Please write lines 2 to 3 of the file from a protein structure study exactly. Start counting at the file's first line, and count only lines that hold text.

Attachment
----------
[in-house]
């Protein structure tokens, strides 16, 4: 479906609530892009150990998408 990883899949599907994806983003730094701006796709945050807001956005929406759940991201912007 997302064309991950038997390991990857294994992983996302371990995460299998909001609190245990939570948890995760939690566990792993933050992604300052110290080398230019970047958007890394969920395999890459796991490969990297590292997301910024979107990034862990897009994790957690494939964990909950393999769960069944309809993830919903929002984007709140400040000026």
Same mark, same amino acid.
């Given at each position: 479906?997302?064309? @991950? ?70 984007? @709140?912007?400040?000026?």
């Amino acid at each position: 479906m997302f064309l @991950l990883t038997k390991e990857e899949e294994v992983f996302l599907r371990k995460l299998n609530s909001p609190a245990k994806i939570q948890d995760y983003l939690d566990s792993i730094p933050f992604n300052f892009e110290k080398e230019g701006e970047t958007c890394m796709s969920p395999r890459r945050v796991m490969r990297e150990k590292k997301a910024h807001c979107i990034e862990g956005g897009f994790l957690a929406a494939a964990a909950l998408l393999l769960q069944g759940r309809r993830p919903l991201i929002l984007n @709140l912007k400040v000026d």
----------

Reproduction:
């Protein structure tokens, strides 16, 4: 479906609530892009150990998408 990883899949599907994806983003730094701006796709945050807001956005929406759940991201912007 997302064309991950038997390991990857294994992983996302371990995460299998909001609190245990939570948890995760939690566990792993933050992604300052110290080398230019970047958007890394969920395999890459796991490969990297590292997301910024979107990034862990897009994790957690494939964990909950393999769960069944309809993830919903929002984007709140400040000026």
Same mark, same amino acid.